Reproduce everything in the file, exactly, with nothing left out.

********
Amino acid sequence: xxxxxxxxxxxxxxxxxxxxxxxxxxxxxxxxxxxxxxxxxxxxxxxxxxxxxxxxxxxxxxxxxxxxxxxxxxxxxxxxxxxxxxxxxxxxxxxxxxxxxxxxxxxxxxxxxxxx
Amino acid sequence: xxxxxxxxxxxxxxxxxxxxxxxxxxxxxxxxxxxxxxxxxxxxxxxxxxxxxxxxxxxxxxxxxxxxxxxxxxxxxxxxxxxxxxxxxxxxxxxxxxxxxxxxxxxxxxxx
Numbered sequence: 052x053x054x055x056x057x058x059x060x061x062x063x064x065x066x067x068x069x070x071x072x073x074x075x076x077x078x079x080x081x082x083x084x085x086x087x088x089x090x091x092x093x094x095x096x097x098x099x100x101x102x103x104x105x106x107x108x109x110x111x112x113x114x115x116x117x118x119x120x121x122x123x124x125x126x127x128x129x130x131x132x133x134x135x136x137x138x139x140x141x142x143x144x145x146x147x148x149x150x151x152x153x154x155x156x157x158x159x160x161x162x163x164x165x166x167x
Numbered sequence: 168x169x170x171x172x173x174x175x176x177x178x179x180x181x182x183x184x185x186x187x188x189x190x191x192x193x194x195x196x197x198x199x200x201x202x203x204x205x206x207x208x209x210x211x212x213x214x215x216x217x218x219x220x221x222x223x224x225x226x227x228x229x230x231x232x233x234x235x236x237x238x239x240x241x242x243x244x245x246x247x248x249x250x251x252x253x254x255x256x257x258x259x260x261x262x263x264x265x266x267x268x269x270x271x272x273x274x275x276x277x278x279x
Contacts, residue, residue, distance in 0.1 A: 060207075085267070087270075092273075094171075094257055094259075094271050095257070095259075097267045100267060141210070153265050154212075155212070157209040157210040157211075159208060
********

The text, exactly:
Amino acid sequence: xxxxxxxxxxxxxxxxxxxxxxxxxxxxxxxxxxxxxxxxxxxxxxxxxxxxxxxxxxxxxxxxxxxxxxxxxxxxxxxxxxxxxxxxxxxxxxxxxxxxxxxxxxxxxxxxxxxx
Amino acid sequence: xxxxxxxxxxxxxxxxxxxxxxxxxxxxxxxxxxxxxxxxxxxxxxxxxxxxxxxxxxxxxxxxxxxxxxxxxxxxxxxxxxxxxxxxxxxxxxxxxxxxxxxxxxxxxxxx
Numbered sequence: 052x053x054x055x056x057x058x059x060x061x062x063x064x065x066x067x068x069x070x071x072x073x074x075x076x077x078x079x080x081x082x083x084x085x086x087x088x089x090x091x092x093x094x095x096x097x098x099x100x101x102x103x104x105x106x107x108x109x110x111x112x113x114x115x116x117x118x119x120x121x122x123x124x125x126x127x128x129x130x131x132x133x134x135x136x137x138x139x140x141x142x143x144x145x146x147x148x149x150x151x152x153x154x155x156x157x158x159x160x161x162x163x164x165x166x167x
Numbered sequence: 168x169x170x171x172x173x174x175x176x177x178x179x180x181x182x183x184x185x186x187x188x189x190x191x192x193x194x195x196x197x198x199x200x201x202x203x204x205x206x207x208x209x210x211x212x213x214x215x216x217x218x219x220x221x222x223x224x225x226x227x228x229x230x231x232x233x234x235x236x237x238x239x240x241x242x243x244x245x246x247x248x249x250x251x252x253x254x255x256x257x258x259x260x261x262x263x264x265x266x267x268x269x270x271x272x273x274x275x276x277x278x279x
Contacts, residue, residue, distance in 0.1 A: 060207075085267070087270075092273075094171075094257055094259075094271050095257070095259075097267045100267060141210070153265050154212075155212070157209040157210040157211075159208060